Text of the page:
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# E–Z system

EZ notation can be used to describe the configuration of a double bond with two or more substituents. To do so, each substituent is assigned a priority using the Cahn–Ingold–Prelog rules. If the two higher priority substituents are on same side of the double bond, the configuration of the bond is Z. If the two higher priority substituents are on opposite sides of the double bond, the configuration of the bond is E.

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• What happens if you have a complete tie on one side? I'm guessing it just doesn't get an assignment.
• Well, you're right to say that it doesn't get an assignment because then there wouldn't be 2 different configurations of that molecule. If both of the groups on one side of the double bond are the same then both drawings of that molecule represent the same configuration. E and Z are only necessary to differentiate the isomers of a molecule. All you'd have to do is flip the entire diagram over and you'd get the other one. An example of this was shown in the previous video.
• When working on the molecule around , the speaker says "This is our tiebreaker". But what if we had written HOO for the top carbon atom and OHH for the lower carbon atom? Do we have to write these atoms directly bonded to the carbons also in order of priority? Because obviously, the order in which they are written will affect what is the "first point of difference".

Another question: does it mean an ethyl group will always have a higher priority than a methyl group, and a propyl group than an ethyl group, etc.? Because this will be useful to know in assigning configurations to double bonds quickly.

• Yes you put those atoms directly bonded to that carbon in order of highest atomic weight to lowest, so it's OOH vs OHH as he has. The first point of difference is the second letter, O vs H. Obviously O wins here.

For your second bit, yes. Ethyl has a higher priority than methyl, propyl higher than ethyl, because when you compare them one will eventually have CHH where the other has HHH. Watch out for isopropyl etc. though, that will be higher priority than butyl.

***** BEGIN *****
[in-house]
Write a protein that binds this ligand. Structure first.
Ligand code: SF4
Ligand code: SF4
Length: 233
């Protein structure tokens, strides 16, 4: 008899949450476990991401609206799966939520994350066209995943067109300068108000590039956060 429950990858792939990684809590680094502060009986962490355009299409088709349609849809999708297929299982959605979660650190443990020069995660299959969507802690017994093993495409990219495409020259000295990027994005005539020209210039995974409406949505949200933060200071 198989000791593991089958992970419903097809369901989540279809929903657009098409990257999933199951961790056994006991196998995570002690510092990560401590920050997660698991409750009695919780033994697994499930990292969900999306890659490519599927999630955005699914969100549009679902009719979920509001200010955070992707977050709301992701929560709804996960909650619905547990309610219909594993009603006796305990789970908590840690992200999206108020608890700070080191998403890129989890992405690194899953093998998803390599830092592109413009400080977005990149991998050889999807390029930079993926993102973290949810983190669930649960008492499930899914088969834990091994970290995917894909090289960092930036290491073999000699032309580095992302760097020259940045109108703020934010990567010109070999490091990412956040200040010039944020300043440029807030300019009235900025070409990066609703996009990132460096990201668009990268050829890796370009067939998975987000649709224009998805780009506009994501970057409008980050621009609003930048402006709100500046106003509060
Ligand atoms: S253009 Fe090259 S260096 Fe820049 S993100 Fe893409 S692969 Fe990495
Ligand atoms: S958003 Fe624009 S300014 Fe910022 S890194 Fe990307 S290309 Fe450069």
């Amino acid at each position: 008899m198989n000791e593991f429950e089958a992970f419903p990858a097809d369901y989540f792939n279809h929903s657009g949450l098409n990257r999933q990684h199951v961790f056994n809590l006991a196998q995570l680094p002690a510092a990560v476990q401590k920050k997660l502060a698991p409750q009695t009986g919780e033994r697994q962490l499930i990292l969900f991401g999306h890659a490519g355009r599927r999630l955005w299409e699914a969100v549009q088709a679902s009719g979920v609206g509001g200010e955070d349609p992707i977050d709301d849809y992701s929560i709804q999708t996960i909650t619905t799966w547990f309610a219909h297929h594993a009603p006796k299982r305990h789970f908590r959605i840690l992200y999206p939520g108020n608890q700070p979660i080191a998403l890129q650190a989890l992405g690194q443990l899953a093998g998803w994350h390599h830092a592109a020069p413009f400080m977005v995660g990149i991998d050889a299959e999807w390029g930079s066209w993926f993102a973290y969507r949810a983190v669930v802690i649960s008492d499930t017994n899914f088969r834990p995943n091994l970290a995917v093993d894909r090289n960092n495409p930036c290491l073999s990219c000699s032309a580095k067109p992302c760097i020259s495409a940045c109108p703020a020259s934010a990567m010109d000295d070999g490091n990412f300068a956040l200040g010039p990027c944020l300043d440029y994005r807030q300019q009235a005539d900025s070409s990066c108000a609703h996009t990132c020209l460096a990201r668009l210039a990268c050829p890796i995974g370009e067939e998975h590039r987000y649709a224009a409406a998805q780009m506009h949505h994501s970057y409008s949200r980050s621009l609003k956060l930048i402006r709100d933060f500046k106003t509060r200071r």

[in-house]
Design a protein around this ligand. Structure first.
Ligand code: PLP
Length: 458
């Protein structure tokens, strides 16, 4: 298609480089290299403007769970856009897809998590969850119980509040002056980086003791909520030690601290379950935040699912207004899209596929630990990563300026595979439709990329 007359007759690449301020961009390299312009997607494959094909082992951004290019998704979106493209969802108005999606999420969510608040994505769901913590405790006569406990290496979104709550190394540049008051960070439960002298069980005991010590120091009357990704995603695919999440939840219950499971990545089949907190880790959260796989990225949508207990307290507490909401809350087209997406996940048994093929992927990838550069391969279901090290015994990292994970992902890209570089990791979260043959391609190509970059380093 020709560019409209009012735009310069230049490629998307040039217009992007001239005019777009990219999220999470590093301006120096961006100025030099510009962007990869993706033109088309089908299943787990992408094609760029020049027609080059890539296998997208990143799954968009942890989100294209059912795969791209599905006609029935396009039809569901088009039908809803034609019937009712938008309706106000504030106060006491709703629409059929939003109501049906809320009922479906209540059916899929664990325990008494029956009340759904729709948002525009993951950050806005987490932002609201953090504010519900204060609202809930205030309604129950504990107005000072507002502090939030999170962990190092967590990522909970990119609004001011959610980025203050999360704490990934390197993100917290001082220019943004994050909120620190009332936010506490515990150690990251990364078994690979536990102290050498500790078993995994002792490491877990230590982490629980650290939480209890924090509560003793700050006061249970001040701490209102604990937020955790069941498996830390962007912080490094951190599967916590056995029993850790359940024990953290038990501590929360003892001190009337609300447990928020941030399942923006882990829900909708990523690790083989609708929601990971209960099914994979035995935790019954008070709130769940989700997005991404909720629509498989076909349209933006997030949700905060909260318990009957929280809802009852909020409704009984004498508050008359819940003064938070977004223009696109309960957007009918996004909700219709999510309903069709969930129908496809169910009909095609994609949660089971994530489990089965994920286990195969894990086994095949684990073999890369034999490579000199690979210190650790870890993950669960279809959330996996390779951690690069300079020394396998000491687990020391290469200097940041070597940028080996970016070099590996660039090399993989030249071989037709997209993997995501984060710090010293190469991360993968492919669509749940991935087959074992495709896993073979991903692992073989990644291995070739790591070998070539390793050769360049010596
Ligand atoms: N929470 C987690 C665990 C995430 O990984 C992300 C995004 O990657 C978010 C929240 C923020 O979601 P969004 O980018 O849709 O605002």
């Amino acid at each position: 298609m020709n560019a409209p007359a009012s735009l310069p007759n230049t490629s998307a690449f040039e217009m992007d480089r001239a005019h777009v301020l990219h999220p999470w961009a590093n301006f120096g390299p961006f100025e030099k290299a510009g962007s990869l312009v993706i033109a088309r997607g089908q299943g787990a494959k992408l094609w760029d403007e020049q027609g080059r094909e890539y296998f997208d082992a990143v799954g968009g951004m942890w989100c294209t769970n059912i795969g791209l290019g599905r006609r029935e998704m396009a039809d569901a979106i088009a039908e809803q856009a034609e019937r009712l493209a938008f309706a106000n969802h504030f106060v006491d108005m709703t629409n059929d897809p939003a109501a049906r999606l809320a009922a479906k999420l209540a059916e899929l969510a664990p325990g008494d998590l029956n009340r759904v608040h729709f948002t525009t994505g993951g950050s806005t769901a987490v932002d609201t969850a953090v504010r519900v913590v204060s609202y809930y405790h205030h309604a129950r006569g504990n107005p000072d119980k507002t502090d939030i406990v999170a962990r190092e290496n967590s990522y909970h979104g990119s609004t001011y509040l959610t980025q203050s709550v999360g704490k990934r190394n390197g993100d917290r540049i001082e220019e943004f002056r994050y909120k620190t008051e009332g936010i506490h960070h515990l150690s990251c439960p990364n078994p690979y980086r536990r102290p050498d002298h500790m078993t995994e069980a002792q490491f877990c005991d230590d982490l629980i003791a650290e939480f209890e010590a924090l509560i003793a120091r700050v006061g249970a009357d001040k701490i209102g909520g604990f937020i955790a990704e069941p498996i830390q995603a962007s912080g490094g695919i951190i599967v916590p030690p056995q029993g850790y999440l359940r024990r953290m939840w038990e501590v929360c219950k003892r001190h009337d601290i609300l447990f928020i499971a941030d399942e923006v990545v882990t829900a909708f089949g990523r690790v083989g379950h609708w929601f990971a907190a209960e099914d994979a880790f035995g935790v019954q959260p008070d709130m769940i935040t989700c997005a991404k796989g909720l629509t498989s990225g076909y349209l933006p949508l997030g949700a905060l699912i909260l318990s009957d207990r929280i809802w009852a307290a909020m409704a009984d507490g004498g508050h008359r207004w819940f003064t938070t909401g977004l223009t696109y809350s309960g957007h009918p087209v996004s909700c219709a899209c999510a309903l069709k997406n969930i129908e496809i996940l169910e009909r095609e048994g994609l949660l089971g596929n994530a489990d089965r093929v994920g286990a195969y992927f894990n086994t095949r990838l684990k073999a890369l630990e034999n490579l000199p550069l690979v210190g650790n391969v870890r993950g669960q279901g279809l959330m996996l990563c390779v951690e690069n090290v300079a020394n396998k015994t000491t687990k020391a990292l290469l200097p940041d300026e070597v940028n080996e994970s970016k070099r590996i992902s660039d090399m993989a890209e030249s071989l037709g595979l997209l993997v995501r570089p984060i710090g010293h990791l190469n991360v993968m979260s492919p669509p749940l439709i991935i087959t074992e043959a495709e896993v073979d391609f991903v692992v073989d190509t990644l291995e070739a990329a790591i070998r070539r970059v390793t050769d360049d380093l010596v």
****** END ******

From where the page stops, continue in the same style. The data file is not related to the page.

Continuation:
• Can't the Hydrogen be on either side of the carbon? Can't it also be bonded downward from the carbon, making the configuration of the alkene Z?
• If H and CH₃ are both "down" on the left hand molecule, the configuration is Z.
The molecule is then identical with the molecule on the right, which is also Z.
• Am I correct in saying that the first examples are not strictly alkenes but enols of 2-bromopropanal and they wouldn't really have an independent existance from it i.e. they would only be present in small equilibrium concentrations in samples of 2-bromopropanal and would likely undergo rapid interconversion via tautomerisation.
• Good point! Those are enols and so would be in equilibrium with each other by way of 2-bromopropanal.
• What happens if the two groups wth higher priority are on the same carbon? Would that have a Z configuration?
• That can't be the case. With E/Z we are looking for where the highest priority groups on either side of the double bond are.

If you have a molecule like 2-methylpropene (isobutylene) it does not have E/Z isomerism.
• Between a branch (eg. isopropyl) and a long chain (>5C), which one has higher priority?
• If E-Z and cis-trans can both apply, which one do you use?
(1 vote)
• Use E/Z because most of the time you won't have a symmetric alkene so cis/trans becomes unclear.
• At , why are there single bonds between the carbon and 2 oxygens? Isn't there only one oxygen?
(1 vote)
• The determination of E/Z configuration across the double bond at in the video does not fully make sense because the initially determined longest carbon chain would be 3 carbons long. Apparently, the double bond takes priority in being the lowest number, so starting from the leftmost carbon, it is Carbon 1, 2, and 3 including the carbon in what is originally deemed as a COOH functional group bonded to the two double bonded carbons C=C. However, would this carbon not be included in the original parent chain of carbons, thus making the functional groups Br, Cl, and CH2OH with Br and Cl being the highest priority groups bonded to the C=C double bond and thus an E configuration?
(1 vote)
• E/Z configuration only applies to carbon/carbon double bonds. So when determining which configuration we are only concerned with the groups directly bonded to those two carbons which constitute the double bond. In which case we're deciding if the highest priority groups are next to each other (Z) or across from each other (E).

The other carbons belonging to the hydroxylmethyl group (-CH2OH) and the aldehyde (-CH=O) do not use E/Z configuration simply because they are not carbon/carbon double bonds. They would be involved if we were naming the molecule as a whole, but for just the E/Z part we only need to know their priority.

Also, we have an aldehyde functional group; a COOH functional group is a carboxylic acid.

Hope that helps.
(1 vote)
• At -> (onward), could we not just identify the longer substituent chain coming off of carbon 4, for brevities sake. Conversely, though, if we had any different groups we would have to go thru this process that Jay does?
(1 vote)